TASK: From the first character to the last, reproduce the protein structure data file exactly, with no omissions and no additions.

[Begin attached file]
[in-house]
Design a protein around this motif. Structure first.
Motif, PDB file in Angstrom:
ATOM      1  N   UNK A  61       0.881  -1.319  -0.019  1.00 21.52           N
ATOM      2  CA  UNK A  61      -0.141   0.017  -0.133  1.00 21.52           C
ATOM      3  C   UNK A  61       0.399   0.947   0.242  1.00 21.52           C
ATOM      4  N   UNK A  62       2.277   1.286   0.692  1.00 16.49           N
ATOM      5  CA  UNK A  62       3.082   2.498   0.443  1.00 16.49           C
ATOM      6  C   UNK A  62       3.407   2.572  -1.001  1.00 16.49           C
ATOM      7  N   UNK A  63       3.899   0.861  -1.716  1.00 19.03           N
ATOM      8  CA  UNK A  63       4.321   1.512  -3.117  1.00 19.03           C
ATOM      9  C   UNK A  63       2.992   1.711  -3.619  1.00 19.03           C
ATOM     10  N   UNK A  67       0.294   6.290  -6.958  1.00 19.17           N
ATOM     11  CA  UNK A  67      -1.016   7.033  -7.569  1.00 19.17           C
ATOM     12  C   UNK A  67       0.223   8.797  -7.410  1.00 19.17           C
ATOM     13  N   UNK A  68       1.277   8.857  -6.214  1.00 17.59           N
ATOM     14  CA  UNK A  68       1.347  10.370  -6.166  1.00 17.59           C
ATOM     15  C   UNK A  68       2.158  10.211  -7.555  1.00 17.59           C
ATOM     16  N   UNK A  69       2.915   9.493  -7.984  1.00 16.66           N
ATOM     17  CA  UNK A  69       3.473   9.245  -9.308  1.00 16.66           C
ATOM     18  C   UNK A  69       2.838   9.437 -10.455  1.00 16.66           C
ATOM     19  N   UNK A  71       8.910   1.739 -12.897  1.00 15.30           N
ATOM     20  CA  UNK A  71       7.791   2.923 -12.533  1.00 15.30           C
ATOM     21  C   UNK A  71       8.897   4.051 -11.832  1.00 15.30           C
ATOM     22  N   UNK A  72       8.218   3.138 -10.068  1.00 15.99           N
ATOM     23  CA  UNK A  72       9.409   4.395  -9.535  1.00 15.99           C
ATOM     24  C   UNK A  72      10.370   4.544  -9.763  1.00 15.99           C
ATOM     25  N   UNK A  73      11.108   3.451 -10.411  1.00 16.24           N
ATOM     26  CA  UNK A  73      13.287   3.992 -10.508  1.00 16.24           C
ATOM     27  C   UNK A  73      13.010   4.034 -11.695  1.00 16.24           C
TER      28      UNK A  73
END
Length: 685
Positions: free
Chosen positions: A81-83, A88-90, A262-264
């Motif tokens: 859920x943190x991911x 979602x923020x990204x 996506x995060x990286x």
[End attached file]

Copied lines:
[in-house]
Design a protein around this motif. Structure first.
Motif, PDB file in Angstrom:
ATOM      1  N   UNK A  61       0.881  -1.319  -0.019  1.00 21.52           N
ATOM      2  CA  UNK A  61      -0.141   0.017  -0.133  1.00 21.52           C
ATOM      3  C   UNK A  61       0.399   0.947   0.242  1.00 21.52           C
ATOM      4  N   UNK A  62       2.277   1.286   0.692  1.00 16.49           N
ATOM      5  CA  UNK A  62       3.082   2.498   0.443  1.00 16.49           C
ATOM      6  C   UNK A  62       3.407   2.572  -1.001  1.00 16.49           C
ATOM      7  N   UNK A  63       3.899   0.861  -1.716  1.00 19.03           N
ATOM      8  CA  UNK A  63       4.321   1.512  -3.117  1.00 19.03           C
ATOM      9  C   UNK A  63       2.992   1.711  -3.619  1.00 19.03           C
ATOM     10  N   UNK A  67       0.294   6.290  -6.958  1.00 19.17           N
ATOM     11  CA  UNK A  67      -1.016   7.033  -7.569  1.00 19.17           C
ATOM     12  C   UNK A  67       0.223   8.797  -7.410  1.00 19.17           C
ATOM     13  N   UNK A  68       1.277   8.857  -6.214  1.00 17.59           N
ATOM     14  CA  UNK A  68       1.347  10.370  -6.166  1.00 17.59           C
ATOM     15  C   UNK A  68       2.158  10.211  -7.555  1.00 17.59           C
ATOM     16  N   UNK A  69       2.915   9.493  -7.984  1.00 16.66           N
ATOM     17  CA  UNK A  69       3.473   9.245  -9.308  1.00 16.66           C
ATOM     18  C   UNK A  69       2.838   9.437 -10.455  1.00 16.66           C
ATOM     19  N   UNK A  71       8.910   1.739 -12.897  1.00 15.30           N
ATOM     20  CA  UNK A  71       7.791   2.923 -12.533  1.00 15.30           C
ATOM     21  C   UNK A  71       8.897   4.051 -11.832  1.00 15.30           C
ATOM     22  N   UNK A  72       8.218   3.138 -10.068  1.00 15.99           N
ATOM     23  CA  UNK A  72       9.409   4.395  -9.535  1.00 15.99           C
ATOM     24  C   UNK A  72      10.370   4.544  -9.763  1.00 15.99           C
ATOM     25  N   UNK A  73      11.108   3.451 -10.411  1.00 16.24           N
ATOM     26  CA  UNK A  73      13.287   3.992 -10.508  1.00 16.24           C
ATOM     27  C   UNK A  73      13.010   4.034 -11.695  1.00 16.24           C
TER      28      UNK A  73
END
Length: 685
Positions: free
Chosen positions: A81-83, A88-90, A262-264
């Motif tokens: 859920x943190x991911x 979602x923020x990204x 996506x995060x990286x």